WMware ESXI – suspend all guests

I have an VMware ESXI 5 which I used for testing things, but I don’t want it to run all the time, and using the vSphere Client to stop all the VM’s and then stop the ESXI server is a bit too much effort.

So I figured out how to do it from the commandline using ‘vim-cmd’.


VMS=`vim-cmd vmsvc/getallvms | grep -v Vmid | awk '{print $1}'`
for VM in $VMS ; do
     PWR=`vim-cmd vmsvc/power.getstate $VM | grep -v "Retrieved runtime info"`
     if [ "$PWR" == "Powered on" ] ; then
          name=`vim-cmd vmsvc/get.config $VM | grep -i "name =" | awk '{print $3}' | head -1 | cut -d """ -f2`
          echo "Powered on: $name"
          echo "Suspending: $name"
          vim-cmd vmsvc/power.suspend $VM > /dev/null &

while true ; do
     for VM in $VMS ; do
          PWR=`vim-cmd vmsvc/power.getstate $VM | grep -v "Retrieved runtime info"`
          if [ "$PWR" == "Powered on" ] ; then
          echo "Waiting..."
     if [ $RUNNING -eq 0 ] ; then
          echo "Gone..."
     sleep 1
echo "Now we suspend the Host..."
vim-cmd hostsvc/standby_mode_enter

This is working just fine, until one discovers the there is no where to store files on the ESXI servers file system without having to restore them after a reboot.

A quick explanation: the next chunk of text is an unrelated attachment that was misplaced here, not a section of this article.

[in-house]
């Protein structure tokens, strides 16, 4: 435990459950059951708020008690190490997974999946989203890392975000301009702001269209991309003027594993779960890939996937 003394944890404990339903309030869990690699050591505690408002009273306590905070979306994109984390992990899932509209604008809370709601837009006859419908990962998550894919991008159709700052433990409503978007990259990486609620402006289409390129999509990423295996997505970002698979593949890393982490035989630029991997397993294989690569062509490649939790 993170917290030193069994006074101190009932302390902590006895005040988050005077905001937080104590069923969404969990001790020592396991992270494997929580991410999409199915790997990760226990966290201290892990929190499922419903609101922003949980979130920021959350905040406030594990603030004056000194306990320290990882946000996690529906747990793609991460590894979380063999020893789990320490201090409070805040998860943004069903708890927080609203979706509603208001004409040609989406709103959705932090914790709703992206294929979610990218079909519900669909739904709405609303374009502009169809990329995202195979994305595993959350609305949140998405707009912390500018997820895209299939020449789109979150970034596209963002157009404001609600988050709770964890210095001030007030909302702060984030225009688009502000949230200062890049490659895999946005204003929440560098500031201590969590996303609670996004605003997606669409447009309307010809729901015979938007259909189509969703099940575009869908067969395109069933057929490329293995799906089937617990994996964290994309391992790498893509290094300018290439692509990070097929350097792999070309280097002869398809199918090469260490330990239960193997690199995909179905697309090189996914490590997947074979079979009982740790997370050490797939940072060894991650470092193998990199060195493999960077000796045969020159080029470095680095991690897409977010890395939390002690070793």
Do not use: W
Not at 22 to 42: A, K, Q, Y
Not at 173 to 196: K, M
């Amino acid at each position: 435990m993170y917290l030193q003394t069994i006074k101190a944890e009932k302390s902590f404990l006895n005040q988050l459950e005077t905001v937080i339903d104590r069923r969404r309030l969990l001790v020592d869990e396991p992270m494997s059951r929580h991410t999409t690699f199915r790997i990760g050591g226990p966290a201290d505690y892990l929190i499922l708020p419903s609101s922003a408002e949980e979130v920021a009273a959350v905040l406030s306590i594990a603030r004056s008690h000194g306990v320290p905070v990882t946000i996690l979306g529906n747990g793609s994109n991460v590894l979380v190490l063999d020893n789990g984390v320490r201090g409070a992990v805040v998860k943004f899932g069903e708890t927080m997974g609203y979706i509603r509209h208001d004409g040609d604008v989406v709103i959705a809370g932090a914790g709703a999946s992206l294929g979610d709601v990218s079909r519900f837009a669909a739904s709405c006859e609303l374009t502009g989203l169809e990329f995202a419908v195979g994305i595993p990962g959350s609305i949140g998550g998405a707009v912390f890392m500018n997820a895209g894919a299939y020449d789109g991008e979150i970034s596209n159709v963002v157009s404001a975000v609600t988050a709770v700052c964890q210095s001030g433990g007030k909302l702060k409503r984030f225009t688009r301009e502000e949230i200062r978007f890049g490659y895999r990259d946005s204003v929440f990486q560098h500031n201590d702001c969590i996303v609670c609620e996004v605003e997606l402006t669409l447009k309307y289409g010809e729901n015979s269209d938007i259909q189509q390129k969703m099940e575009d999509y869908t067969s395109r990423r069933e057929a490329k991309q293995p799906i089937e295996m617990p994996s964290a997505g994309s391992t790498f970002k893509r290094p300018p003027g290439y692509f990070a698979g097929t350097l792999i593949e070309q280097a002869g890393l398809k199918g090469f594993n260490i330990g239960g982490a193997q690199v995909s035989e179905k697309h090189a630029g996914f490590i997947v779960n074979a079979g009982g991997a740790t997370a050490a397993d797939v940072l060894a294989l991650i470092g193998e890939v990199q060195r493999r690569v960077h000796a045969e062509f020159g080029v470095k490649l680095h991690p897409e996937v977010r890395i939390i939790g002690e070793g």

A bit of googing gave me an answer, create a directory in one of the datastores and save it there.

Like in ‘/vmfs/volumes/datastore1/scripts/’, where it will stay after a reboot.

Now to wake the host again, requires that one enable wake-on-lan (wake on PCI and PCIe normally should do it), and then use the wakelan / wol utility;

# wol <mac addr>

This it’s possible to hide ones noisy computers somewhere far far away.

8 thoughts on “WMware ESXI – suspend all guests”

  1. Nice work! but i use command /bin/poweroff in esxi 5.5
    and may be i help some one.
    How connect to ssh from windows and run command
    download plink and run command
    plink.exe -ssh <username> -pw password /vmfs/volumes/5370dd8b-284e8baf-31ab-002421a85c91/scripts/suspend.sh


  2. This may not work if you have VMs with Descriptions with multiple lines, as the descriptions interfere with the detection. Fixed by replacing the grep on the first vim-cmd with ‘grep “^[0-9]”‘ which finds numerical values on the first character of a line. Should work unless you have a number on the first character of a description line.


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